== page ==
4.3 How the directive complies with FATF revised international standards?
Key Changes introduced in EU legislation :
Consolidating the risk-based approach: The new standards put more focus on the risk-based approach. This means that countries need to clearly understand the money laundering and terrorist financing risks which affect them, and adapt their Anti Money laundering/Counter Financing of Terrorism (AML/CFT) system to the nature of these risks – with enhanced measures where the risks are higher and the option of simplified measures where the risks are lower. Thus, countries will be able to target their resources more effectively and apply preventative measures that correspond to the risks of particular sectors or activities. A well-implemented risk-based approach means that the AML/CFT system will be more effective and less costly.
Improving Transparency measures: There is a lack of transparency at the moment around the ownership of companies, making them potentially vulnerable to misuse by criminals and terrorists. The new Recommendations have strengthened transparency requirements. Reliable information available about the ownership and control of companies, trusts, and other legal persons or legal arrangements is required as well as more rigorous requirements on the information which must accompany electronic funds transfers. Measures to improve transparency, implemented on a global basis, will make it harder for criminals and terrorists to conceal their activities.
Towards more effective International Cooperation: With the increasing globalisation of money laundering and terrorist financing threats, the FATF has also enhanced the scope of international cooperation between government agencies, and between financial groups (e.g. simplified extradition mechanisms). The revised Recommendations will allow more effective exchanges of information, tracing, freezing, confiscation and repatriation of illegal assets.
Identification of clear Operational Standards: the FATF Recommendations concerned with law enforcement and FIUs have been expanded significantly. The revisions clarify the role and functions of the operational agencies responsible for combating money laundering and terrorist financing; and set out the range of investigative techniques and powers which should be available to them.
New threats & new priorities to be covered: The FATF has also addressed new and aggravated threats and responded to the priorities set out by the international community, e.g. through the G20, in particular:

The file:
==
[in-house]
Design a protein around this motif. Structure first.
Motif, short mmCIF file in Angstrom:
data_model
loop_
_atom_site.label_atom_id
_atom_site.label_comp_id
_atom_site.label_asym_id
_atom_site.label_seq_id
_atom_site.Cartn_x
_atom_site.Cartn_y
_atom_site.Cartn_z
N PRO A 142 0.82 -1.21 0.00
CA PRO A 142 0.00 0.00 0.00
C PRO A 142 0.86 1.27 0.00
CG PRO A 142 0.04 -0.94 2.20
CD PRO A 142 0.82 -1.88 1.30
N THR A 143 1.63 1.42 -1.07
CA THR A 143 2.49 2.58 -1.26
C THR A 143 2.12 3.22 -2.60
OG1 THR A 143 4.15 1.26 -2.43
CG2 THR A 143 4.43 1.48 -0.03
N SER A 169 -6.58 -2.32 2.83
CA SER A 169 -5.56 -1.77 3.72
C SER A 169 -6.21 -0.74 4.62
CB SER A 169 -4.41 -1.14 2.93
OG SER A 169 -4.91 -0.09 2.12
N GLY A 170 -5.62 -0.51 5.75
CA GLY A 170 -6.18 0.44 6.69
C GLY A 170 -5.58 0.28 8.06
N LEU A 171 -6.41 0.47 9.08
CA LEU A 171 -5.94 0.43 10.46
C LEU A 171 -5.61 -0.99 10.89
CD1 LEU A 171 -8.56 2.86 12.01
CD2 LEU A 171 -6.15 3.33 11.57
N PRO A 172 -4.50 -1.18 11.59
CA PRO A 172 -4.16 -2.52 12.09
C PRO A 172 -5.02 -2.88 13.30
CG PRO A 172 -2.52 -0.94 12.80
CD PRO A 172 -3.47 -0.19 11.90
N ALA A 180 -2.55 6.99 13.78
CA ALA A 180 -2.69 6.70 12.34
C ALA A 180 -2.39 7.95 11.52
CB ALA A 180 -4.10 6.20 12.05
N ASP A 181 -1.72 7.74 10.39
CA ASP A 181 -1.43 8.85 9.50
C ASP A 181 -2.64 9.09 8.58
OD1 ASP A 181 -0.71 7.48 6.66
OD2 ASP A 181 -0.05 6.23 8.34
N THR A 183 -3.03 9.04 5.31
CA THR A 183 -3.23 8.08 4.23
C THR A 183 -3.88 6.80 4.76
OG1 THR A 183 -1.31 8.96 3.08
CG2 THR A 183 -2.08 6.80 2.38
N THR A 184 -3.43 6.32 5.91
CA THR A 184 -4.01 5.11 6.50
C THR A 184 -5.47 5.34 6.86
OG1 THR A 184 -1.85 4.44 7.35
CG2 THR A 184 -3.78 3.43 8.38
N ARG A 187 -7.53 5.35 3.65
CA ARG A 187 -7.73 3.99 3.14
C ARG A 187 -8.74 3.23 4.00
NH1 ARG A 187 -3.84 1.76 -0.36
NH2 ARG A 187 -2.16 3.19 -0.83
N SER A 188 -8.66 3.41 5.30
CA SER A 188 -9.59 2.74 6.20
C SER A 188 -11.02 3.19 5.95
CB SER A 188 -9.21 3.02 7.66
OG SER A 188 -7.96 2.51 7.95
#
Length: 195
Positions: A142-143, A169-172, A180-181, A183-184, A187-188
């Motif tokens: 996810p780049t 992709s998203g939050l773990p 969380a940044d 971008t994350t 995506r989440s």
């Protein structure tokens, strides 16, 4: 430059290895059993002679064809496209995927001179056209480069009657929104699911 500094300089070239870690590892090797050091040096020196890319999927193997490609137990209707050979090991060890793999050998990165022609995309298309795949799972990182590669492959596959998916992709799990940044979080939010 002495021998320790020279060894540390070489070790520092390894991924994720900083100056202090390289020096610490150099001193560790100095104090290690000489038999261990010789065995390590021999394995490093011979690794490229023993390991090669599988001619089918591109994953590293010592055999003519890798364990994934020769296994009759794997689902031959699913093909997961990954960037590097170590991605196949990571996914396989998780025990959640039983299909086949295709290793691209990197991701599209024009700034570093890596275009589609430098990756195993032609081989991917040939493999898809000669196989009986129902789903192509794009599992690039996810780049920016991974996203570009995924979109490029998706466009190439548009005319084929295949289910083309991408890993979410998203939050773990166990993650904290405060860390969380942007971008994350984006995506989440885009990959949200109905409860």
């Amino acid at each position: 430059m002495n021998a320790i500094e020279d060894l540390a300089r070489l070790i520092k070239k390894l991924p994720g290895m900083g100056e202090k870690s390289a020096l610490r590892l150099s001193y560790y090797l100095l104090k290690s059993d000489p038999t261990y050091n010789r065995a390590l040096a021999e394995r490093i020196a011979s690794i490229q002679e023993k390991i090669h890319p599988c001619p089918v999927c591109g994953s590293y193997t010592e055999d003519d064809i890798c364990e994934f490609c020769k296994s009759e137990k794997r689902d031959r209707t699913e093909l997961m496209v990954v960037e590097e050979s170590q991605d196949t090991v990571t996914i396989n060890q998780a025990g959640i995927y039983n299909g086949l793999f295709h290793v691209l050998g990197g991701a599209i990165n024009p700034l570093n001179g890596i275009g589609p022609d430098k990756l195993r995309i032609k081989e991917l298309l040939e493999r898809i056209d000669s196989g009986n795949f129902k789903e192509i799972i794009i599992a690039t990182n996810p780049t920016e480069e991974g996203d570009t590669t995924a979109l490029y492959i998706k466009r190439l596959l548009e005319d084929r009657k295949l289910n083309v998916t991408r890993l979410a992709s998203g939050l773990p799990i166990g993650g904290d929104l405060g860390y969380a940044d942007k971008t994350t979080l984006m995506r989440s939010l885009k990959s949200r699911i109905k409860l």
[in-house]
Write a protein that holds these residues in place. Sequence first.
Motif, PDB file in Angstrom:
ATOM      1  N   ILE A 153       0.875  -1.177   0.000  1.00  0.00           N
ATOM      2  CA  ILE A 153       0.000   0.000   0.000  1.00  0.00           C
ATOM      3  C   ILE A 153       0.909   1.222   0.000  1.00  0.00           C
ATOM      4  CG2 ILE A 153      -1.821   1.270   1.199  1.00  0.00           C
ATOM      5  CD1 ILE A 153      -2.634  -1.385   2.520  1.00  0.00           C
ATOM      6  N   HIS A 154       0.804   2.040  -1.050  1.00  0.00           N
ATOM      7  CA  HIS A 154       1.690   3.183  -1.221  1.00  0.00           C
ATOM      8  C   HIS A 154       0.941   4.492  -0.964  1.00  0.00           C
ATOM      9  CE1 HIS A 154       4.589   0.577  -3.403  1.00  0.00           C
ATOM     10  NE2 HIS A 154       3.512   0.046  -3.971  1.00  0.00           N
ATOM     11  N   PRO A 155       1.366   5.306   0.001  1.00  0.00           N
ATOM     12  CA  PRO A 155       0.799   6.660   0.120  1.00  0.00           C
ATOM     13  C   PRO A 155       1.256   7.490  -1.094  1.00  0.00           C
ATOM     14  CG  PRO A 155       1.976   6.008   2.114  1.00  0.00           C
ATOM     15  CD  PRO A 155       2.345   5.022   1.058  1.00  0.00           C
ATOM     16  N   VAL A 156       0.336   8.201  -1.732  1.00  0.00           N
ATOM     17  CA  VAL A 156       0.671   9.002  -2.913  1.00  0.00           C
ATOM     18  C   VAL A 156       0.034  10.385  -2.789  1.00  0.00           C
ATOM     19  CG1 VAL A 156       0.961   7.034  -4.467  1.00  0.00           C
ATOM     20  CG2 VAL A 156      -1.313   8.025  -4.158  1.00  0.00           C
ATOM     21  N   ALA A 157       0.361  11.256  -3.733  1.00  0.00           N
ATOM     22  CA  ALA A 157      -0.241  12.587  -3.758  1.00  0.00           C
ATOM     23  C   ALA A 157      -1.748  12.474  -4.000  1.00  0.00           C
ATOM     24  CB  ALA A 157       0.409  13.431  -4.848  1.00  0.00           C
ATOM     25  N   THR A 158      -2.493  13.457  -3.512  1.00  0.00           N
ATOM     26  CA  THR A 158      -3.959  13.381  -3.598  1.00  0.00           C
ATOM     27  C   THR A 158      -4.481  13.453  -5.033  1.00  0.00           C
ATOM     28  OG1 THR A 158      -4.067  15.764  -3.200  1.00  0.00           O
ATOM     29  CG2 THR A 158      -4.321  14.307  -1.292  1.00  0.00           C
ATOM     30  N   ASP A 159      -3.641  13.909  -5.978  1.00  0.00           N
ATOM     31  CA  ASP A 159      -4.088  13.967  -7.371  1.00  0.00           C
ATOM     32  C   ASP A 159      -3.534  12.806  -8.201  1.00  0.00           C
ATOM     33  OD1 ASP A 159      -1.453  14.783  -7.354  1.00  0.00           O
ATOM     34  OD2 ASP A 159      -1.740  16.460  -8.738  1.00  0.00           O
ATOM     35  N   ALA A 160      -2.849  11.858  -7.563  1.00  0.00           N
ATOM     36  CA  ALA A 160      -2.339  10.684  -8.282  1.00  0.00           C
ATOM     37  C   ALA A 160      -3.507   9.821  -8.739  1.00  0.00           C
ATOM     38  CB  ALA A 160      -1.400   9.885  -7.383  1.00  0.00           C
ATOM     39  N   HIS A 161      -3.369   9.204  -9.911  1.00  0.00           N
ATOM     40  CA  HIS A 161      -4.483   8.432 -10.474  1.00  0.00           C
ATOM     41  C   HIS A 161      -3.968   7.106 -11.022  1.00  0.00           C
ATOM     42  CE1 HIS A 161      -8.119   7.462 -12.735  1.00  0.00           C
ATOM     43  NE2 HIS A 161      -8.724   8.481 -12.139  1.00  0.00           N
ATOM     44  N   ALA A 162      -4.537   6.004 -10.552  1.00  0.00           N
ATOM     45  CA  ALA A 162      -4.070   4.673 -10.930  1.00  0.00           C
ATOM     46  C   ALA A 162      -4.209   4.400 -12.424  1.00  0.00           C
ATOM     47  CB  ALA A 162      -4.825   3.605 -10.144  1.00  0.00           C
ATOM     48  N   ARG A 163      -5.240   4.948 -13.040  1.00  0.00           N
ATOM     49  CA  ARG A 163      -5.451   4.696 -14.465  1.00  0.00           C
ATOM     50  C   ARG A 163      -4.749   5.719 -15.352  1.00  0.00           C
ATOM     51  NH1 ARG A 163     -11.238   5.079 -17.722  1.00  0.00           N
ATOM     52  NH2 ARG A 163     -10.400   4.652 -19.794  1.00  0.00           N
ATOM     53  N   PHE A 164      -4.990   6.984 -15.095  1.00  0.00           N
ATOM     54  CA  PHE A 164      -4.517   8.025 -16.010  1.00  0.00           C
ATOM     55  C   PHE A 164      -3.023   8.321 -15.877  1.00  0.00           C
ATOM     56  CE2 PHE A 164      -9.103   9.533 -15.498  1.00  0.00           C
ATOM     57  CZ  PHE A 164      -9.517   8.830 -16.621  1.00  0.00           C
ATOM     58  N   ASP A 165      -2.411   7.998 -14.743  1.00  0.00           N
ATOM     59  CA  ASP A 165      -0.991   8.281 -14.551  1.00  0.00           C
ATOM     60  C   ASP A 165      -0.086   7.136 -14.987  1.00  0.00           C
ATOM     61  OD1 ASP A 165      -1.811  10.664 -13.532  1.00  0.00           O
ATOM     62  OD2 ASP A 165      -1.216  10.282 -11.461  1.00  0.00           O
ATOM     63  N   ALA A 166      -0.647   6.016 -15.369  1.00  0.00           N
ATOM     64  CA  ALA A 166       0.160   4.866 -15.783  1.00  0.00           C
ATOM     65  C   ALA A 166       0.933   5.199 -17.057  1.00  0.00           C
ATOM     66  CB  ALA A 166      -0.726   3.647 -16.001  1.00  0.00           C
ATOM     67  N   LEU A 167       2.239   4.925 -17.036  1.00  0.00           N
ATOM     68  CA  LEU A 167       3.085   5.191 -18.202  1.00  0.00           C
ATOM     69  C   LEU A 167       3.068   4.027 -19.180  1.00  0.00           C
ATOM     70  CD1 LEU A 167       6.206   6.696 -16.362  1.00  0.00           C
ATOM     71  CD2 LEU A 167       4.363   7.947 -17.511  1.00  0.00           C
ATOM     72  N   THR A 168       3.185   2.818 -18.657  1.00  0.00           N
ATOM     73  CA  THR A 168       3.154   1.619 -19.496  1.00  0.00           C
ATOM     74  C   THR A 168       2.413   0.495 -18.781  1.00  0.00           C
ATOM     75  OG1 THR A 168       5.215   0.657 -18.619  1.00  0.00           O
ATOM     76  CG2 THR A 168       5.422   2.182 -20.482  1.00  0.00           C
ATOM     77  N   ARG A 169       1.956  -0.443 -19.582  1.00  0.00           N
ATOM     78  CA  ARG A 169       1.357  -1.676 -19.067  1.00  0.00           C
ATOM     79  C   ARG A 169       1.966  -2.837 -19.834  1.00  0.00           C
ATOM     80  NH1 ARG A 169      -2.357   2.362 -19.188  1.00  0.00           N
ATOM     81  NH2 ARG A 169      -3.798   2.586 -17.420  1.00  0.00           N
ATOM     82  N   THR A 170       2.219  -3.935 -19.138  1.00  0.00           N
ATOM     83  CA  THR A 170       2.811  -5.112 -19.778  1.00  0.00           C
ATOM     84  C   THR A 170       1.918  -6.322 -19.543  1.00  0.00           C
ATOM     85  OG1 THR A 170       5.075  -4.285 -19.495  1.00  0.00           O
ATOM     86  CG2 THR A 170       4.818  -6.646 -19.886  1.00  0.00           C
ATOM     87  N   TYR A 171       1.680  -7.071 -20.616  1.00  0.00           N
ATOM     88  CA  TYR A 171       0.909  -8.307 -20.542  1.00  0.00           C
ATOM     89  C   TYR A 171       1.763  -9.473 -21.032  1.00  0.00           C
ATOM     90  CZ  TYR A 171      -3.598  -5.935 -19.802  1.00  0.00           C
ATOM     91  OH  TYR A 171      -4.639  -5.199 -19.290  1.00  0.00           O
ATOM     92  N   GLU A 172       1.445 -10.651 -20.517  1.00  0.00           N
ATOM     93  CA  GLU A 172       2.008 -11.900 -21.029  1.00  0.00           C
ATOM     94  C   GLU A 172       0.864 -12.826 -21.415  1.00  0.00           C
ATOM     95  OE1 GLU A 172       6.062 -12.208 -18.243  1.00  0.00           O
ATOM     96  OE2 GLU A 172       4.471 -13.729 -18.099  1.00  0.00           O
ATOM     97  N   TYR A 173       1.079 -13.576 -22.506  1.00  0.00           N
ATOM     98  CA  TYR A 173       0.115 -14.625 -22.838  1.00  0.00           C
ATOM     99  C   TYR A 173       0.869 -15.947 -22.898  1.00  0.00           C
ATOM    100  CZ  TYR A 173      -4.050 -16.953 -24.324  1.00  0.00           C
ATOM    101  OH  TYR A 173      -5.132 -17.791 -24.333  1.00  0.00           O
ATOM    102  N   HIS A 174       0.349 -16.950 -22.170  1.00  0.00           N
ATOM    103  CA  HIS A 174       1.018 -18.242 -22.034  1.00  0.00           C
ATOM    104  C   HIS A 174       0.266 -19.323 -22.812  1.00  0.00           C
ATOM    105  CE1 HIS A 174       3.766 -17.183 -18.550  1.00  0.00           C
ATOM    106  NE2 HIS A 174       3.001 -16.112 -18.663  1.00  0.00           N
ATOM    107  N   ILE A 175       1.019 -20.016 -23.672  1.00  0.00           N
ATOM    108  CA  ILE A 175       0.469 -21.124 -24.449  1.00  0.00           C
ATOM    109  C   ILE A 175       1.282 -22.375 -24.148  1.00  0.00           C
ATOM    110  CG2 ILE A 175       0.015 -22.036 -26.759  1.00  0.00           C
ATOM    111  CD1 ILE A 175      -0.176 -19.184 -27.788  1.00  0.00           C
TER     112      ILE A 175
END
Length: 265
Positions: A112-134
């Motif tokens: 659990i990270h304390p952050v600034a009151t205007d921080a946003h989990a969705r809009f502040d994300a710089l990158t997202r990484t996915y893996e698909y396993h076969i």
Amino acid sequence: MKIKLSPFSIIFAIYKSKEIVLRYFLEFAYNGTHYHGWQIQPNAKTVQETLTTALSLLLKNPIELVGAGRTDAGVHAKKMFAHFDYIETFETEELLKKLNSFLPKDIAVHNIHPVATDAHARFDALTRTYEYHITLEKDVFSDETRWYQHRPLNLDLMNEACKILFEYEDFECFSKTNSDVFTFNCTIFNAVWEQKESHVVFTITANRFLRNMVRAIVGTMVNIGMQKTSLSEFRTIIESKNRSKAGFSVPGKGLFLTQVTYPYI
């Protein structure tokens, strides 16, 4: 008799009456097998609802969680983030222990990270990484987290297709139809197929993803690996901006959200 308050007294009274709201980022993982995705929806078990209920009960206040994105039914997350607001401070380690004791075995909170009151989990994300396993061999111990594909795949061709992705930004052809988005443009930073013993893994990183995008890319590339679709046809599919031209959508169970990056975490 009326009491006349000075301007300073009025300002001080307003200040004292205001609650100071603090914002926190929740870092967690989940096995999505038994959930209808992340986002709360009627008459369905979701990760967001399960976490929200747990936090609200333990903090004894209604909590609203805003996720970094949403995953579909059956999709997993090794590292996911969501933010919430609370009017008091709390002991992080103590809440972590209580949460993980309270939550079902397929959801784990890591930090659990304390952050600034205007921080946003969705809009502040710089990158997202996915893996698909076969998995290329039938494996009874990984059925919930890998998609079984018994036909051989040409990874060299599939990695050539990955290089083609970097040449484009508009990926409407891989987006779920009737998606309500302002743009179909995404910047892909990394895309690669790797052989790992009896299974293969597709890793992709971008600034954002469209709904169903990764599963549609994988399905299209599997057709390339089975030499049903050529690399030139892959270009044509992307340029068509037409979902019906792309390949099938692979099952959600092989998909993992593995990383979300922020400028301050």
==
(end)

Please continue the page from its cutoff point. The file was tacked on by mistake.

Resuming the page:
Corruption & Politically Exposed Persons - The FATF Recommendations tighten the requirements on "politically exposed persons"; i.e. people who may represent a higher risk of corruption by virtue of the positions they hold. The requirement to apply enhanced due diligence to foreign politically exposed persons has been expanded with the new Recommendations also applying to domestic politically exposed persons and international organisations, and to the family and close associates of all politically exposed persons – reflecting the methods used by corrupt officials and kleptocrats to launder the proceeds of corruption.
Tax Crimes - The list of predicate offences for money laundering has been expanded to include tax crimes which are brought within the scope of the powers and authorities used to combat money laundering. This will contribute to better coordination between AML and Tax authorities, and remove potential obstacles to international cooperation regarding tax crimes.
Terrorist Financing – The financing of terrorism remains a serious concern for the international community, and a major focus of the FATF. The Recommendations reflect both the fact that terrorist financing is a long-standing concern, and the close connections between anti-money laundering measures and measures to counter the financing of terrorism.
5. Next steps
The two proposals will have to be adopted by the European Parliament and the Council of Ministers under the ordinary legislative procedure.
The Commission is planning to organise a public hearing on 15 March 2013 which will be a forum where the main changes in the international framework as well as the new Directive will be debated among various groups of stakeholders.
Austria, Belgium, Denmark, Finland, France, Germany, Greece, Ireland, Italy, The Netherlands, Luxembourg, Portugal, Spain, Sweden, The UK. The other 12 Member States are members of MONEYVAL which is an associate member of the FATF.